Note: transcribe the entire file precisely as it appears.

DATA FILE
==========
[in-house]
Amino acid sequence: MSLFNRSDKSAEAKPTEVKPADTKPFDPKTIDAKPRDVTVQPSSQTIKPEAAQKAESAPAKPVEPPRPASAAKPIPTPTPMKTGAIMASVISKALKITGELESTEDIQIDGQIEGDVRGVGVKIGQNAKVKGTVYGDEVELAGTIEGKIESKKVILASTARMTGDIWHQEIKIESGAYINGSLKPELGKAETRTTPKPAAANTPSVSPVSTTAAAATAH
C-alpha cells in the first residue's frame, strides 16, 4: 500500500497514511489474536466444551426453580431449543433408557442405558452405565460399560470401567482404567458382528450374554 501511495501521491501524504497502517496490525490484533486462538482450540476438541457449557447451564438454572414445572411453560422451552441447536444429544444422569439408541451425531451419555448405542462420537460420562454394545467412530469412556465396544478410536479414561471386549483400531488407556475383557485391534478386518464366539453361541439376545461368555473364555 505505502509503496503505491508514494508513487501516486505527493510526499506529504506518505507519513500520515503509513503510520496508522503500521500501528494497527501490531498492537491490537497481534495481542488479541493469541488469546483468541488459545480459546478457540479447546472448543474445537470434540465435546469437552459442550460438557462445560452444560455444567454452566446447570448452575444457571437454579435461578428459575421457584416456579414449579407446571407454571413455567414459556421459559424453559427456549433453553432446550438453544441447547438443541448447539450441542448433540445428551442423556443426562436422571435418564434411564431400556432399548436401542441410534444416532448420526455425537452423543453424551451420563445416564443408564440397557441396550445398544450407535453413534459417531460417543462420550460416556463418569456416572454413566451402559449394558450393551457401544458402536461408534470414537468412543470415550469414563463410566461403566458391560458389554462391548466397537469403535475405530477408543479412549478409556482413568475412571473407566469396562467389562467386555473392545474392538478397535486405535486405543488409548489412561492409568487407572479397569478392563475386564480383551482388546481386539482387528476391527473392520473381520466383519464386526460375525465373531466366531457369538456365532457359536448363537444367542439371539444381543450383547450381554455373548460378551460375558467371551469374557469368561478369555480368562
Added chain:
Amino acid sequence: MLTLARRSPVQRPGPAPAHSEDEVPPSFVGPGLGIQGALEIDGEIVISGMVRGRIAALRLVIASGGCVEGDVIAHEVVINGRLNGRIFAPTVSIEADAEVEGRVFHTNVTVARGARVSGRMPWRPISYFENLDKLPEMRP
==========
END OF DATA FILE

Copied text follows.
[in-house]
Amino acid sequence: MSLFNRSDKSAEAKPTEVKPADTKPFDPKTIDAKPRDVTVQPSSQTIKPEAAQKAESAPAKPVEPPRPASAAKPIPTPTPMKTGAIMASVISKALKITGELESTEDIQIDGQIEGDVRGVGVKIGQNAKVKGTVYGDEVELAGTIEGKIESKKVILASTARMTGDIWHQEIKIESGAYINGSLKPELGKAETRTTPKPAAANTPSVSPVSTTAAAATAH
C-alpha cells in the first residue's frame, strides 16, 4: 500500500497514511489474536466444551426453580431449543433408557442405558452405565460399560470401567482404567458382528450374554 501511495501521491501524504497502517496490525490484533486462538482450540476438541457449557447451564438454572414445572411453560422451552441447536444429544444422569439408541451425531451419555448405542462420537460420562454394545467412530469412556465396544478410536479414561471386549483400531488407556475383557485391534478386518464366539453361541439376545461368555473364555 505505502509503496503505491508514494508513487501516486505527493510526499506529504506518505507519513500520515503509513503510520496508522503500521500501528494497527501490531498492537491490537497481534495481542488479541493469541488469546483468541488459545480459546478457540479447546472448543474445537470434540465435546469437552459442550460438557462445560452444560455444567454452566446447570448452575444457571437454579435461578428459575421457584416456579414449579407446571407454571413455567414459556421459559424453559427456549433453553432446550438453544441447547438443541448447539450441542448433540445428551442423556443426562436422571435418564434411564431400556432399548436401542441410534444416532448420526455425537452423543453424551451420563445416564443408564440397557441396550445398544450407535453413534459417531460417543462420550460416556463418569456416572454413566451402559449394558450393551457401544458402536461408534470414537468412543470415550469414563463410566461403566458391560458389554462391548466397537469403535475405530477408543479412549478409556482413568475412571473407566469396562467389562467386555473392545474392538478397535486405535486405543488409548489412561492409568487407572479397569478392563475386564480383551482388546481386539482387528476391527473392520473381520466383519464386526460375525465373531466366531457369538456365532457359536448363537444367542439371539444381543450383547450381554455373548460378551460375558467371551469374557469368561478369555480368562
Added chain:
Amino acid sequence: MLTLARRSPVQRPGPAPAHSEDEVPPSFVGPGLGIQGALEIDGEIVISGMVRGRIAALRLVIASGGCVEGDVIAHEVVINGRLNGRIFAPTVSIEADAEVEGRVFHTNVTVARGARVSGRMPWRPISYFENLDKLPEMRP